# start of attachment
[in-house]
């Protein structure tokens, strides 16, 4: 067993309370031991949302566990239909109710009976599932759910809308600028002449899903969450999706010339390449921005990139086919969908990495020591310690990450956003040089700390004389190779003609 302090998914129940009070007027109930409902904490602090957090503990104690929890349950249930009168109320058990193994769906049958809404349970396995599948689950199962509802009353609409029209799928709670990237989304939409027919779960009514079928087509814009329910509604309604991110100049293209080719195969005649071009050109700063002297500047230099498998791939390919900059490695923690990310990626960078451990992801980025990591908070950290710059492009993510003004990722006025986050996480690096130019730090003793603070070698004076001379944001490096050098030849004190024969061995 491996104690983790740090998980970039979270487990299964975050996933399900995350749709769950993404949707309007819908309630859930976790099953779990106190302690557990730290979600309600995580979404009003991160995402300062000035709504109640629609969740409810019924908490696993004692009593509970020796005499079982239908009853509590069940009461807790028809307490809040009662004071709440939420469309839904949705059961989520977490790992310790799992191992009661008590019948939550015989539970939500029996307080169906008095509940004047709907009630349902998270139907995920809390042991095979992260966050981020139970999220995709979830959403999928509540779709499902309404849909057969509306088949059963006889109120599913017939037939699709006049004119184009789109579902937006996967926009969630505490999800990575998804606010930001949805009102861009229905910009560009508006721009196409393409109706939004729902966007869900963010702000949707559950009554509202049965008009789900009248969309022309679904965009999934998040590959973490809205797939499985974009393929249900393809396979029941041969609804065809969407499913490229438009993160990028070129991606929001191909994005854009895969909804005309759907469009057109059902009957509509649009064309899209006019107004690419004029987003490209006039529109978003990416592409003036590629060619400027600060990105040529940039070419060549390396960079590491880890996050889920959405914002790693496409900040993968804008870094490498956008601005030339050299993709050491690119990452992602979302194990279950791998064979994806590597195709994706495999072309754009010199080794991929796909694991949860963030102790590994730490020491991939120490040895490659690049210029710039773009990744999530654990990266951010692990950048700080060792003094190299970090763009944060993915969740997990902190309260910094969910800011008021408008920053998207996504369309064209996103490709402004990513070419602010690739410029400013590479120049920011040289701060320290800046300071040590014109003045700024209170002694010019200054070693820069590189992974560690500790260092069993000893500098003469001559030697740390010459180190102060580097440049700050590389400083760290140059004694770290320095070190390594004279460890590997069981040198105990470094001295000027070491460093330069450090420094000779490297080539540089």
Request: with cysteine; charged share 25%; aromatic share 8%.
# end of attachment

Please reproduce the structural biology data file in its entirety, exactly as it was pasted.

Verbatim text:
[in-house]
């Protein structure tokens, strides 16, 4: 067993309370031991949302566990239909109710009976599932759910809308600028002449899903969450999706010339390449921005990139086919969908990495020591310690990450956003040089700390004389190779003609 302090998914129940009070007027109930409902904490602090957090503990104690929890349950249930009168109320058990193994769906049958809404349970396995599948689950199962509802009353609409029209799928709670990237989304939409027919779960009514079928087509814009329910509604309604991110100049293209080719195969005649071009050109700063002297500047230099498998791939390919900059490695923690990310990626960078451990992801980025990591908070950290710059492009993510003004990722006025986050996480690096130019730090003793603070070698004076001379944001490096050098030849004190024969061995 491996104690983790740090998980970039979270487990299964975050996933399900995350749709769950993404949707309007819908309630859930976790099953779990106190302690557990730290979600309600995580979404009003991160995402300062000035709504109640629609969740409810019924908490696993004692009593509970020796005499079982239908009853509590069940009461807790028809307490809040009662004071709440939420469309839904949705059961989520977490790992310790799992191992009661008590019948939550015989539970939500029996307080169906008095509940004047709907009630349902998270139907995920809390042991095979992260966050981020139970999220995709979830959403999928509540779709499902309404849909057969509306088949059963006889109120599913017939037939699709006049004119184009789109579902937006996967926009969630505490999800990575998804606010930001949805009102861009229905910009560009508006721009196409393409109706939004729902966007869900963010702000949707559950009554509202049965008009789900009248969309022309679904965009999934998040590959973490809205797939499985974009393929249900393809396979029941041969609804065809969407499913490229438009993160990028070129991606929001191909994005854009895969909804005309759907469009057109059902009957509509649009064309899209006019107004690419004029987003490209006039529109978003990416592409003036590629060619400027600060990105040529940039070419060549390396960079590491880890996050889920959405914002790693496409900040993968804008870094490498956008601005030339050299993709050491690119990452992602979302194990279950791998064979994806590597195709994706495999072309754009010199080794991929796909694991949860963030102790590994730490020491991939120490040895490659690049210029710039773009990744999530654990990266951010692990950048700080060792003094190299970090763009944060993915969740997990902190309260910094969910800011008021408008920053998207996504369309064209996103490709402004990513070419602010690739410029400013590479120049920011040289701060320290800046300071040590014109003045700024209170002694010019200054070693820069590189992974560690500790260092069993000893500098003469001559030697740390010459180190102060580097440049700050590389400083760290140059004694770290320095070190390594004279460890590997069981040198105990470094001295000027070491460093330069450090420094000779490297080539540089």
Request: with cysteine; charged share 25%; aromatic share 8%.